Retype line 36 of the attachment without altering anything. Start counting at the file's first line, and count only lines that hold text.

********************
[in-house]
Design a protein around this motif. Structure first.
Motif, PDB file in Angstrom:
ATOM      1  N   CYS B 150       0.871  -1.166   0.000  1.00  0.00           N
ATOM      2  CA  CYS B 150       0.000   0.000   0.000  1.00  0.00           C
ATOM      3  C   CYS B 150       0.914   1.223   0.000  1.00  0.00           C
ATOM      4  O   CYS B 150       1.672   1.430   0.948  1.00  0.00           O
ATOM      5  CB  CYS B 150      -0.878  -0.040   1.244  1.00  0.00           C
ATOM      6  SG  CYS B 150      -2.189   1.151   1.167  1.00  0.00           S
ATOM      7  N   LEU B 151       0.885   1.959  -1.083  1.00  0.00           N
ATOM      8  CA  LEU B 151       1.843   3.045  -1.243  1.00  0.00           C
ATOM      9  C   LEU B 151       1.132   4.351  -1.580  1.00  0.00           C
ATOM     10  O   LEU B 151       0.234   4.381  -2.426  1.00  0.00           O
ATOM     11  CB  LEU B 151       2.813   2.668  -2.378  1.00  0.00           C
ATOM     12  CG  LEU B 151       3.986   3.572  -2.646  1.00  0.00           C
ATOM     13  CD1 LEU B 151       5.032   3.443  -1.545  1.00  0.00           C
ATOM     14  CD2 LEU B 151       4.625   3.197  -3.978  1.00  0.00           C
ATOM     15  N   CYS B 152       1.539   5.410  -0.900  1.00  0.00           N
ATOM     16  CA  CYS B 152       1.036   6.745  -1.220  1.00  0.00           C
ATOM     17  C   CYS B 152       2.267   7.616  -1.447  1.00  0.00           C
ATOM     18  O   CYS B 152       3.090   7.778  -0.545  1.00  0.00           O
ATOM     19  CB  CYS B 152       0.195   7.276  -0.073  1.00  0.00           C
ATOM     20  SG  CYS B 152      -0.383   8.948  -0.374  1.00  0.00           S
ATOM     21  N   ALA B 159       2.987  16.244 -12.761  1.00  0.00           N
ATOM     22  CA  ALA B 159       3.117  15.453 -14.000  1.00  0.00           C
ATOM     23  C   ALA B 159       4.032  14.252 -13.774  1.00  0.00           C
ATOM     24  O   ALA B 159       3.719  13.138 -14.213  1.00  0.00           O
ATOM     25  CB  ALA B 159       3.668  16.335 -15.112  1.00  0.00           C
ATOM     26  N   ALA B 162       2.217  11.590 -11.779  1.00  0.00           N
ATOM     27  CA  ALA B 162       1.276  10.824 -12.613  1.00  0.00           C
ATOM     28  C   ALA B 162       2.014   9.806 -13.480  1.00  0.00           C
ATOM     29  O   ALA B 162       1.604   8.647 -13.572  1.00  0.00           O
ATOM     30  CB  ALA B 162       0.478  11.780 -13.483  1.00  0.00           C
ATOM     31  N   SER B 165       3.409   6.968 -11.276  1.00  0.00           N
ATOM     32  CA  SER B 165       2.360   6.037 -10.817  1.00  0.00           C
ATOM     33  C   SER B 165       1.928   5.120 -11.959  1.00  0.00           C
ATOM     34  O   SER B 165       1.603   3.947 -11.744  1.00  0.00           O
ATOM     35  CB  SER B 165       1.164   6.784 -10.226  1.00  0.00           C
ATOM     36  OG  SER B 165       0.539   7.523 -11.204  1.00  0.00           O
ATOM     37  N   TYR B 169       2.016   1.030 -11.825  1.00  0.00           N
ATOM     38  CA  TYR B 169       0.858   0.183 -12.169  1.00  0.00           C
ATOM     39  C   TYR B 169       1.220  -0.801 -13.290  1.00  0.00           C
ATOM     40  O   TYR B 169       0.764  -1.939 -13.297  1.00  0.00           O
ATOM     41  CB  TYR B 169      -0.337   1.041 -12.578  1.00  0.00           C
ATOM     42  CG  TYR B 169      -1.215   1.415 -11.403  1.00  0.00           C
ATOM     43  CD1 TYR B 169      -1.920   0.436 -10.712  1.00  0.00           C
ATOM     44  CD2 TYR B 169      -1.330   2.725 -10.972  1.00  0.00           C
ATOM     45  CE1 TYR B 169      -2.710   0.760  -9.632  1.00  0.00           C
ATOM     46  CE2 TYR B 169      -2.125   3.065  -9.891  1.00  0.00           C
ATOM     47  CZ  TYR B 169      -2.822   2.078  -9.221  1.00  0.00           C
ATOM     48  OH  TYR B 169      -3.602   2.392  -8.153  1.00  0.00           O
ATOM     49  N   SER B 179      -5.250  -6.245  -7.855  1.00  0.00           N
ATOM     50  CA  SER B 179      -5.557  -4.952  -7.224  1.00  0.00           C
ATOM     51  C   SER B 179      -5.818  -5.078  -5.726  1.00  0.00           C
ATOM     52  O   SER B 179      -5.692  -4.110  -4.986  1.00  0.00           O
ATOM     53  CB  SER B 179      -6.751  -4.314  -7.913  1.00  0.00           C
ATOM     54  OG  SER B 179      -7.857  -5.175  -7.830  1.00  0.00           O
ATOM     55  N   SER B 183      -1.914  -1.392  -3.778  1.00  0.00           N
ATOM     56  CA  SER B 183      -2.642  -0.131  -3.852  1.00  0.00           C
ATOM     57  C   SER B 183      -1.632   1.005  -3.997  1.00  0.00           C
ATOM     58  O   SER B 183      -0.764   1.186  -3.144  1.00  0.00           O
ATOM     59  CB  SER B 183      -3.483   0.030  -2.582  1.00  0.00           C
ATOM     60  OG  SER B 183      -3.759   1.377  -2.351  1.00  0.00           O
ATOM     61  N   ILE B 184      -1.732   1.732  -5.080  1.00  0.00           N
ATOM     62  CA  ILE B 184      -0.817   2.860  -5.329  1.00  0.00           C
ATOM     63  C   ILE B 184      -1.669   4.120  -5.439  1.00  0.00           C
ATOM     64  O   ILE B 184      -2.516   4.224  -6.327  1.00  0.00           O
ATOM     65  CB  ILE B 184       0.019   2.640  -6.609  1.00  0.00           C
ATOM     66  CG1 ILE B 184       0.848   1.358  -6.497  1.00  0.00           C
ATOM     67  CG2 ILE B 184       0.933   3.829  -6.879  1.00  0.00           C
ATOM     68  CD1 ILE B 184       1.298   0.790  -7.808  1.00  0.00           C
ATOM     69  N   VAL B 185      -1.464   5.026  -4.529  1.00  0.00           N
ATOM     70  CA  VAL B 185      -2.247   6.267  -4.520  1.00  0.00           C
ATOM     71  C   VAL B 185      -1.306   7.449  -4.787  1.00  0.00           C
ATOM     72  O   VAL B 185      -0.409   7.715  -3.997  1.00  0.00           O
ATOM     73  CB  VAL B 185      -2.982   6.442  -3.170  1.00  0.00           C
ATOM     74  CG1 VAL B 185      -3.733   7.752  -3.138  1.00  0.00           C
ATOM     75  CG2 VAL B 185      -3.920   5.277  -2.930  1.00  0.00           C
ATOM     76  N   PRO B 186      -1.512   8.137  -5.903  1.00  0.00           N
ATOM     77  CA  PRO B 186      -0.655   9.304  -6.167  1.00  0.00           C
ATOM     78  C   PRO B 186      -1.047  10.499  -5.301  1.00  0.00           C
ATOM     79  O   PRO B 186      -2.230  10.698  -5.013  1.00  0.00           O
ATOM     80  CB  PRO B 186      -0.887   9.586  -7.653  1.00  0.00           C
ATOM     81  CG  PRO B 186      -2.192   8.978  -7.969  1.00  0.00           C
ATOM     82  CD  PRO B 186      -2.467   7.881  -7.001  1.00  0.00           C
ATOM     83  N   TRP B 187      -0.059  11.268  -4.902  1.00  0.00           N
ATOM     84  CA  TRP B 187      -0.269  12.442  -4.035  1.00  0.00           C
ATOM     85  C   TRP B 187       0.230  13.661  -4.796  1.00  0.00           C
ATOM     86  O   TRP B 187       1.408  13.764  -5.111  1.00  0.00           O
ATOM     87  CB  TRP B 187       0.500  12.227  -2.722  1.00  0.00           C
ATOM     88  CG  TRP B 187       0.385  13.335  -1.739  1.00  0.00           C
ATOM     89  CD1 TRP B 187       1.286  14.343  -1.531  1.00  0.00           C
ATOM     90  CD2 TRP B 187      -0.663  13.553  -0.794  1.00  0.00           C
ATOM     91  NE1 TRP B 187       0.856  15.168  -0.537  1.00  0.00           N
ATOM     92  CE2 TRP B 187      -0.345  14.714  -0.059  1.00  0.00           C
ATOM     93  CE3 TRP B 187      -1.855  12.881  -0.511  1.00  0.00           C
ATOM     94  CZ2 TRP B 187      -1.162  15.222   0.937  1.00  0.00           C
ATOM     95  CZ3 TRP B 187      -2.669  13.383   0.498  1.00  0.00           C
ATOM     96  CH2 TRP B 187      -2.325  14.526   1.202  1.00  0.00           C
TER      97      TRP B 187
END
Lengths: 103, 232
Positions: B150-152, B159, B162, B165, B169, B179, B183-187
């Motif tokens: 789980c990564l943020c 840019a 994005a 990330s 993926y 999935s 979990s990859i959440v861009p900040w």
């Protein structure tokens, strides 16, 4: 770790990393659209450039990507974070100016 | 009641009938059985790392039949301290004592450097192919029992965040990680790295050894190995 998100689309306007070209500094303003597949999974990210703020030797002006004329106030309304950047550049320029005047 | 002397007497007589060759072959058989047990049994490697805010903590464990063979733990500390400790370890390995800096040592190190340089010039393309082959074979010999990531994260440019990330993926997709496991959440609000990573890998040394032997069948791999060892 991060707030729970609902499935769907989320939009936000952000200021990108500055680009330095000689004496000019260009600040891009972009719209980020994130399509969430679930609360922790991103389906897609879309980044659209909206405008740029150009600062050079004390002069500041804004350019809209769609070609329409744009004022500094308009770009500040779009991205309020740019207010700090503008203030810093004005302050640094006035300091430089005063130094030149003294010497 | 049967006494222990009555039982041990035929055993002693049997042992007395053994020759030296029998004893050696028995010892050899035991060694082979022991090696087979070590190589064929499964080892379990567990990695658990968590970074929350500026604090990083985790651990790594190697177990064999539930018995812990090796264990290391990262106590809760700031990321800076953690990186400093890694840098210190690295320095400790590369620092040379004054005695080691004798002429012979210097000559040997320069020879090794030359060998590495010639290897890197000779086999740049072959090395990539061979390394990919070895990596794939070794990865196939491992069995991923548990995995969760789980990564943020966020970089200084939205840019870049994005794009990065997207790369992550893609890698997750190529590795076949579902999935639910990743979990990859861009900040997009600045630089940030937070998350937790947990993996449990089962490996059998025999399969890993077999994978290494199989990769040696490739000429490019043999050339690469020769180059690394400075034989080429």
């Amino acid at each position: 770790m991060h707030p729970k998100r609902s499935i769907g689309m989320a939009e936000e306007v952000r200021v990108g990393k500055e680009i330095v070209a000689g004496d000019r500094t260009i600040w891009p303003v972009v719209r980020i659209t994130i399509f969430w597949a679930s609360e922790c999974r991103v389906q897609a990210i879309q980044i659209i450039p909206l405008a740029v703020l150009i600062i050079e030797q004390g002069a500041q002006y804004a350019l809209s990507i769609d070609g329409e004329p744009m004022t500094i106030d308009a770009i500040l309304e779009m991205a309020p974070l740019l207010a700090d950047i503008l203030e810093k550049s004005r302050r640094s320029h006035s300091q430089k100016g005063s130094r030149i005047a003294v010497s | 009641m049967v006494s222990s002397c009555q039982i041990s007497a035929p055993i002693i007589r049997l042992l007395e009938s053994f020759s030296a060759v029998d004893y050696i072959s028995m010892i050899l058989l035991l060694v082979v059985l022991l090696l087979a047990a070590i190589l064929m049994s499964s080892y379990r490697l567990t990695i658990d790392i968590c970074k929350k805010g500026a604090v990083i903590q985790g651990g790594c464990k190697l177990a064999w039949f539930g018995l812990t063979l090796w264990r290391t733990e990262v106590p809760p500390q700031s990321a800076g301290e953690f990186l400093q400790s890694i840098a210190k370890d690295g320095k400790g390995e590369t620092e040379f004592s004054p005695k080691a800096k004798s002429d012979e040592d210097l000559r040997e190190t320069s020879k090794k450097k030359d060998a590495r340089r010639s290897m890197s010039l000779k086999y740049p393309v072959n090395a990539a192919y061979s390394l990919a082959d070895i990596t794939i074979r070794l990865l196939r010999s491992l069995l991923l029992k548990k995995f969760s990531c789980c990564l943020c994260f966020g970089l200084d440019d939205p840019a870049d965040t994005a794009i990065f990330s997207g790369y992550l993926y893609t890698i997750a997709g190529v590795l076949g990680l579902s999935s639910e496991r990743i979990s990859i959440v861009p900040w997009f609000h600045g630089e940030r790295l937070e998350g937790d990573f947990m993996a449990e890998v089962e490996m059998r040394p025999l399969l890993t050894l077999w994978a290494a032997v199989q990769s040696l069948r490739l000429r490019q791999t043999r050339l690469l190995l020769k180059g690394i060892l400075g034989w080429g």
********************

ATOM     33  C   SER B 165       1.928   5.120 -11.959  1.00  0.00           C